And they also held concerts at Carnegie Hall—the first rock band to do so.
Two shows were staged there on February 12, 1964, days after the group touched down in the U.S. for the first time at newly christened JFK airport and famously appeared on the Ed Sullivan Show.
“The Beatles appeared twice that evening at Carnegie Hall, lounging between shows in an elegantly appointed green room that had provided sanctuary to such icons as Tchaikovsky, Ravel, and Judy Garland,” wrote Bob Spitz in The Beatles: The Biography.
“They were totally relaxed, chain-smoking American cigarettes, not at all intimidated about performing at the most prestigious and legendary concert hall in America, if not the world.”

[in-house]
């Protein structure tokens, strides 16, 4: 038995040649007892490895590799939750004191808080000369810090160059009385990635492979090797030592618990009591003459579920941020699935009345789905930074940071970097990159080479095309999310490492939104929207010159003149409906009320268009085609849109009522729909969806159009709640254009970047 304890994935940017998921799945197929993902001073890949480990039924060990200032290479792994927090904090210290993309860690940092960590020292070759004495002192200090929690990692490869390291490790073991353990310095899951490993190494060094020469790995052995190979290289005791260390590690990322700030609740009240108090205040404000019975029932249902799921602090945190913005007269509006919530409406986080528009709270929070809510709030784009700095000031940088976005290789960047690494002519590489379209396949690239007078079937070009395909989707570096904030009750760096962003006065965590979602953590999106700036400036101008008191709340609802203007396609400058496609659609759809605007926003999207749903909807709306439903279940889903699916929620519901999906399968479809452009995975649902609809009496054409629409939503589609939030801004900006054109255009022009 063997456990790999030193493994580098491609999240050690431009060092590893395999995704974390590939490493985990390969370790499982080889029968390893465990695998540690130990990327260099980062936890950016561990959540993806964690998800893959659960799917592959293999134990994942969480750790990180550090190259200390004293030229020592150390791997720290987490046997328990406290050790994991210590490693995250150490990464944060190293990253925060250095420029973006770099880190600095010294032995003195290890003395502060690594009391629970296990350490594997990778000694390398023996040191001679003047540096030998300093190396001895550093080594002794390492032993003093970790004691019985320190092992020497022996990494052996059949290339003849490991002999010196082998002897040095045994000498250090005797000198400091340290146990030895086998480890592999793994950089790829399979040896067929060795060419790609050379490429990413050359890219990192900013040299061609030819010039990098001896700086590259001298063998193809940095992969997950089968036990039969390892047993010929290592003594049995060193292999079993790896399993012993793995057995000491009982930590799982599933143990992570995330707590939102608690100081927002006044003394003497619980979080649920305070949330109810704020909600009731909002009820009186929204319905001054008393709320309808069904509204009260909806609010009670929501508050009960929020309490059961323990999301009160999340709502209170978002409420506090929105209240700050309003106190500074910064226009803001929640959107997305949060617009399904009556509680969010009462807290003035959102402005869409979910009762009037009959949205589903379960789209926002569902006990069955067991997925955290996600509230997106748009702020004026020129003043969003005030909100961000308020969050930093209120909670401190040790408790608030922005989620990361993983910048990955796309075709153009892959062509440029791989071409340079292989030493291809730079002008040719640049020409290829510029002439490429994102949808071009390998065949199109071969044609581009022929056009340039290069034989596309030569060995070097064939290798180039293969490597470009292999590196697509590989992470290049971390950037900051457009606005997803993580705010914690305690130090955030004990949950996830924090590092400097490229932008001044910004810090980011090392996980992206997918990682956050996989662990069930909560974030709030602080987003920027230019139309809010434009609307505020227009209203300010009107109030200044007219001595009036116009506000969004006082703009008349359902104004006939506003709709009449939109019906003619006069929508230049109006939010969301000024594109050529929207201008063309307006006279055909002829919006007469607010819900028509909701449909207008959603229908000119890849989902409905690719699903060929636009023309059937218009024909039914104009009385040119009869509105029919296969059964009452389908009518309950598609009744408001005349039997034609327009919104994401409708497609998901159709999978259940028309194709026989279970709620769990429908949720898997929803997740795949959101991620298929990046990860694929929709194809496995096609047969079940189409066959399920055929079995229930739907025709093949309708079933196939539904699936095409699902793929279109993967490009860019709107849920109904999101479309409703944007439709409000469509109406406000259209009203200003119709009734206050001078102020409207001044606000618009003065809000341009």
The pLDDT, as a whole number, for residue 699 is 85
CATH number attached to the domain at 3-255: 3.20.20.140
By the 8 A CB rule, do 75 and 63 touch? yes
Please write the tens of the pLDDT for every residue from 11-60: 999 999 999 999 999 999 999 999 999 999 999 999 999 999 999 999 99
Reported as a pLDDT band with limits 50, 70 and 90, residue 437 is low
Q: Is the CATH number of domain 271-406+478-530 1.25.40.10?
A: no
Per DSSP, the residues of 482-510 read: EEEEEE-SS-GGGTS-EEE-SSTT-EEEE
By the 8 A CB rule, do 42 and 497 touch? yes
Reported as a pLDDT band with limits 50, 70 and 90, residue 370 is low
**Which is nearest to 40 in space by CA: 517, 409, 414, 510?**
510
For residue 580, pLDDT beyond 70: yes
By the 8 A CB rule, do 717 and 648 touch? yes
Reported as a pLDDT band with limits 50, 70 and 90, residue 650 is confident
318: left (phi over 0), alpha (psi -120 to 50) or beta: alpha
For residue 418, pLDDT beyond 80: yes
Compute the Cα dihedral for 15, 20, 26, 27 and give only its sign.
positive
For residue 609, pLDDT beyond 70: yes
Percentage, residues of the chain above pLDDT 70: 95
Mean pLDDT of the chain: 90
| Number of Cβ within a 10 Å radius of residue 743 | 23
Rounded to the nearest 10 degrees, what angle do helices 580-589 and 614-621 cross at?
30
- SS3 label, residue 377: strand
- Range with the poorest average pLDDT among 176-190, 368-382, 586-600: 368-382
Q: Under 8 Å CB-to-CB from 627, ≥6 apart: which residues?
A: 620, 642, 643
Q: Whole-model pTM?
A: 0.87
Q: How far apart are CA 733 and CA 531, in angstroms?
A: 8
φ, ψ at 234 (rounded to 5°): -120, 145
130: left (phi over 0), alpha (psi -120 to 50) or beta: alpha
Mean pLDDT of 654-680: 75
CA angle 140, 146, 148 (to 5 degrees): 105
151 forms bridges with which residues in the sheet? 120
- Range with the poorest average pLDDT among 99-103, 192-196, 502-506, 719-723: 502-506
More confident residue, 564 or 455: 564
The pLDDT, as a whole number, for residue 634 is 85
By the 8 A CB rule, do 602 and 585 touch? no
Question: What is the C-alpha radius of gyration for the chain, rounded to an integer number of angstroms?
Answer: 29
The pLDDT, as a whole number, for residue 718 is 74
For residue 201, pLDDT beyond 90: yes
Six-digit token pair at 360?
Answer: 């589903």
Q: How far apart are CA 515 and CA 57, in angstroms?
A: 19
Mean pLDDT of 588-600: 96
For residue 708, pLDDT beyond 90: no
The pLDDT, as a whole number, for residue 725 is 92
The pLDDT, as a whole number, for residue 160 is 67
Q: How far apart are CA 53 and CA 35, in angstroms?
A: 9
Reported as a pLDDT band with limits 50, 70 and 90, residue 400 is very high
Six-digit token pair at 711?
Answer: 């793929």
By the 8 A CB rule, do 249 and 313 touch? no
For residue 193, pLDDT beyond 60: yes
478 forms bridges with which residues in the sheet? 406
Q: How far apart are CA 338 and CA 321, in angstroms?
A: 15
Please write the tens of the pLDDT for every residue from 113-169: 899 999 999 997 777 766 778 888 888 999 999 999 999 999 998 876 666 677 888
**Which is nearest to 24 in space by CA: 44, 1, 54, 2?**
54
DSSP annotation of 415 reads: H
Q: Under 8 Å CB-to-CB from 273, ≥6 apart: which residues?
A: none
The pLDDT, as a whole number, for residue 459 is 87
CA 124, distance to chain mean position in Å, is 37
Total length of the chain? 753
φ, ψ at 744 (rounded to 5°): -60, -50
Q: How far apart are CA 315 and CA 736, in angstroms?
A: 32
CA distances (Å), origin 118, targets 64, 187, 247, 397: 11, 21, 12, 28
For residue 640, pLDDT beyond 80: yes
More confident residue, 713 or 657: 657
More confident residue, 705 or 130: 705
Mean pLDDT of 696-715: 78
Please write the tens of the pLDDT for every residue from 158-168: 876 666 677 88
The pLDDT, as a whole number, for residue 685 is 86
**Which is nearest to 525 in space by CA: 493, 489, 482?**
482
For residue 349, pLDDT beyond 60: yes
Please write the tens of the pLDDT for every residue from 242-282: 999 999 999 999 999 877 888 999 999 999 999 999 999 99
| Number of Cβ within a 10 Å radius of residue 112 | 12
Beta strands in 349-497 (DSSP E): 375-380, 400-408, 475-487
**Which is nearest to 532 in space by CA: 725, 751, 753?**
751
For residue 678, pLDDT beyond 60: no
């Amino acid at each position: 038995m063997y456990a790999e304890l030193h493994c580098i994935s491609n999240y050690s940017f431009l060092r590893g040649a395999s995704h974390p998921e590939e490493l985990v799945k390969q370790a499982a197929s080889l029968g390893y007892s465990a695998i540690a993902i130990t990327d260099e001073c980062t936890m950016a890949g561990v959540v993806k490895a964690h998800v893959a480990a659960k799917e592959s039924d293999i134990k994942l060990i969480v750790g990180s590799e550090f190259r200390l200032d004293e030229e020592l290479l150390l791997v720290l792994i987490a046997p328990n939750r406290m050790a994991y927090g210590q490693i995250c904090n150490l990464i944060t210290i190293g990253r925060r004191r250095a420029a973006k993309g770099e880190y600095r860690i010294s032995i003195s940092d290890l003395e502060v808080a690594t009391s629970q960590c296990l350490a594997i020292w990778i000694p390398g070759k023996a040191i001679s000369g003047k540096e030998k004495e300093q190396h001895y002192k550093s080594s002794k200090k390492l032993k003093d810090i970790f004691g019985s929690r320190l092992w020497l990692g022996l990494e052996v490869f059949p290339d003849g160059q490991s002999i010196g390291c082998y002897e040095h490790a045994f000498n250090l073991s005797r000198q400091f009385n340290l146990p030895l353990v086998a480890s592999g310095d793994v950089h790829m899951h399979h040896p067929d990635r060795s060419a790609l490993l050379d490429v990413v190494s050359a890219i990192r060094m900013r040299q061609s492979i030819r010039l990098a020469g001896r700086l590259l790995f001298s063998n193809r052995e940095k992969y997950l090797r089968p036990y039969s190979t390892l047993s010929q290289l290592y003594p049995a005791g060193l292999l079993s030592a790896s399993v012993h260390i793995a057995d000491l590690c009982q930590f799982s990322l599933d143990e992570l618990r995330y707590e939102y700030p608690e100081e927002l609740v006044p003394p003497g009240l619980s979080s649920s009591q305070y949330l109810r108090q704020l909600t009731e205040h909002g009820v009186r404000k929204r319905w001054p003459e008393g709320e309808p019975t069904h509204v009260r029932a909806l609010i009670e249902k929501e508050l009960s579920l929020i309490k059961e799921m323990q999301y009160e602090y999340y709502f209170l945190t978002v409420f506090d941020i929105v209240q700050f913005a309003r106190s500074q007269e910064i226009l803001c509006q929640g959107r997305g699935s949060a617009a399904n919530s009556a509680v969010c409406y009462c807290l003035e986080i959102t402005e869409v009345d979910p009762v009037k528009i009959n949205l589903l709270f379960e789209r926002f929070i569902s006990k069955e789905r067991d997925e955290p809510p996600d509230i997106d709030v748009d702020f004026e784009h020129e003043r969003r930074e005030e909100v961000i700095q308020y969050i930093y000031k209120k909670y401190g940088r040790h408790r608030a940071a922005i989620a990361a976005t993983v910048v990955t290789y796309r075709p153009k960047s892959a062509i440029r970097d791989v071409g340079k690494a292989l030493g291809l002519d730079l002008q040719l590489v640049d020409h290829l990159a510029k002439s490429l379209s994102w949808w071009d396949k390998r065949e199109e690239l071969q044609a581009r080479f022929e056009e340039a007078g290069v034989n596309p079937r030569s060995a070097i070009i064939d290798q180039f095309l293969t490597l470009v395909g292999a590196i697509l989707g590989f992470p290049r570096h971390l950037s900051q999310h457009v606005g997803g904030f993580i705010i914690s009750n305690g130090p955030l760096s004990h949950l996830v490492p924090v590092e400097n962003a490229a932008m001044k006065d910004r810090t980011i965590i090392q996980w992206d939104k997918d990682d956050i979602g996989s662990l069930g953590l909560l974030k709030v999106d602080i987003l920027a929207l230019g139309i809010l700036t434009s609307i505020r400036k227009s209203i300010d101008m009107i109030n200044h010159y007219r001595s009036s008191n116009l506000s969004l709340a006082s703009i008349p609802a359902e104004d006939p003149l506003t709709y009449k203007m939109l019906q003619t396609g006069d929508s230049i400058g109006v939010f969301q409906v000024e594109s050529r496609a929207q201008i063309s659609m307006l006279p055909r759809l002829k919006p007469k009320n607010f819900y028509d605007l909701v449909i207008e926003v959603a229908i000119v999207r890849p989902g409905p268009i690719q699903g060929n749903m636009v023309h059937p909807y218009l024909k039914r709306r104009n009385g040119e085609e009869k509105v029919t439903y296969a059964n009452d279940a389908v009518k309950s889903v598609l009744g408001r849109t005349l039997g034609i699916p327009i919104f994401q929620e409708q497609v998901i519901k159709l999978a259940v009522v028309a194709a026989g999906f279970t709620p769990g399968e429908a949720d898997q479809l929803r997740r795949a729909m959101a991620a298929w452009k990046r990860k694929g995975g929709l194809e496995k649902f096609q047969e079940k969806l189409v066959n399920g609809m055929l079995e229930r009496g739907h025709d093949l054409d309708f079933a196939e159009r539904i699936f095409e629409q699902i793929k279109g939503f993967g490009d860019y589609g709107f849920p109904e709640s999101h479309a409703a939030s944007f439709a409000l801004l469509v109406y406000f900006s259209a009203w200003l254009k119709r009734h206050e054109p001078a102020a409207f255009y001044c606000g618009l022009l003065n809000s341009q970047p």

Beatlemania had gripped New York, and 2,900 fans had shown up. During the first show, at 7:45 pm, they screamed and ran up and down the aisles, leaving the band aloof and frustrated.
“There was no way for them to connect during the impenetrable wall of screaming that went up the moment they took the stage,” states Spitz. “After a meteoric appearance, lasting only 34 minutes, the Beatles dropped their instruments and headed for the wings.”